The Catcher In The Rye As A Bildungsroman Written By J.d Salinger
The Catcher in the Rye is a bildungsroman written by J.D Salinger .
The Catcher in the Rye captures the story of Holden Caulfield, the narrator, and protagonist of the novel who is an intelligent but troubled teenage boy that struggles with adolescence. Holden’s coming of age story is told over a period of three days in New York City where Holden endures many mental and physical challenges. The Catcher in the Rye contains many symbols that have a profound effect on the plot such as Holden’s red hunting hat, the ducks in Central Park, the catcher in the rye, the Museum of Natural History, the carousels gold ring, and Pencey Prep. Holden’s red hunting hat is mentioned many times throughout The Catcher in the Rye and holds many symbols. “Caulfield feels alienated as if he doesn’t belong in the world”.(the catcher in the rye). Holden’s red hunting hat symbolizes this alienation from the outside world, Holden wears his outlandish hunting hat to be different, he believes the world is full of phonies, and he doesn’t want to be associated in any way with them. “Although alienation is often the cause of Caulfield’s problems it also gives him strength and allows him to protect himself”. Although Holden’s hat symbolizes his alienation, it also acts as a protector from the outside world. Holden’s little sister Phoebe who still has her innocence and Allie, Holden’s little brother who passed away with his innocence and whose death caused Holden to lose his innocence, both are described to have red hair, red which is the same color as Holden’s hunting hat. The red color in Holden’s hunting hat symbolizes Holden’s attachment to childhood, and he wants to still be innocent like his younger siblings. Holden Caulfield has an obsession with the ducks in the pond at Central Park. The pond in Central Park at the time that Holden goes to visit the ducks is half frozen, this half-frozen pond comes to symbolize where Holden is in life, Holden is stuck halfway in his journey to adulthood, he has already lost his innocence, which represents the unfrozen side of the pond, but he has to come to terms with it, which represents the frozen part of the pond. “You know those ducks in that lagoon right near Central Park South, that little lake. By any chance do you happen to know where they go, the ducks, when it gets all frozen over”(Salinger 35). Holden is curious where the ducks go when there’s no more unfrozen water because one day Holden will have to grow up, the whole pond will eventually fully freeze over but it will unfreeze again after winter which symbolizes hope, hope that when your all grown up you can still be happy.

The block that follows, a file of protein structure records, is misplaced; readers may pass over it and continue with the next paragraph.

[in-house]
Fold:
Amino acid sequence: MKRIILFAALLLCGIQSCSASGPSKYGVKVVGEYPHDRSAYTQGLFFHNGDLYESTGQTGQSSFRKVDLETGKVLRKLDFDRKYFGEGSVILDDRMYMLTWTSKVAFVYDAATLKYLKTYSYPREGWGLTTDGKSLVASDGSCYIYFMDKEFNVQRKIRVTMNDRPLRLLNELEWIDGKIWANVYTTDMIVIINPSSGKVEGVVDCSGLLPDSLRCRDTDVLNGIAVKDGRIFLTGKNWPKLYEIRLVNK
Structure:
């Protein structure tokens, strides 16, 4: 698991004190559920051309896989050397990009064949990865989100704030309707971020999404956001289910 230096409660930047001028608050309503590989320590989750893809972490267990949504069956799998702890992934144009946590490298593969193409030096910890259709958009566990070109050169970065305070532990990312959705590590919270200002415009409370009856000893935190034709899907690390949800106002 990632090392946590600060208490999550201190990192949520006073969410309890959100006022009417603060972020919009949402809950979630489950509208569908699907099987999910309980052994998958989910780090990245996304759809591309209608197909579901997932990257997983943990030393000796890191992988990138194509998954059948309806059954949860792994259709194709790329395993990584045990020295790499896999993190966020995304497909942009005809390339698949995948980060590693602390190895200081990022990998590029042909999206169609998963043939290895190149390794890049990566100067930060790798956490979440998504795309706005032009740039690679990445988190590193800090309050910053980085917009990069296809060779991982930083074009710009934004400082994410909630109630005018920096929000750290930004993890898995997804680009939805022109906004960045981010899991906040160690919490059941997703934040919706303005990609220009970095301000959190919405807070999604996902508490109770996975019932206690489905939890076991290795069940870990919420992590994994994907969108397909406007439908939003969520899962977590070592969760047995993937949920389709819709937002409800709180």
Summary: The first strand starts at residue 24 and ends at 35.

The Museum of Natural History is Holden’s haven. “The best thing… in the museum was that everything always stayed right where it was”(Salinger 109). Holden loves the Museum of Natural History because the displays are frozen and unchanging, they represent the world Holden wishes he could live in. Holden wishes that he and other people were more like the museum. Holden is terrified by the unpredictable challenges of the world and the museum gives Holden the peace of mind to see that not everything is drastically changing around him.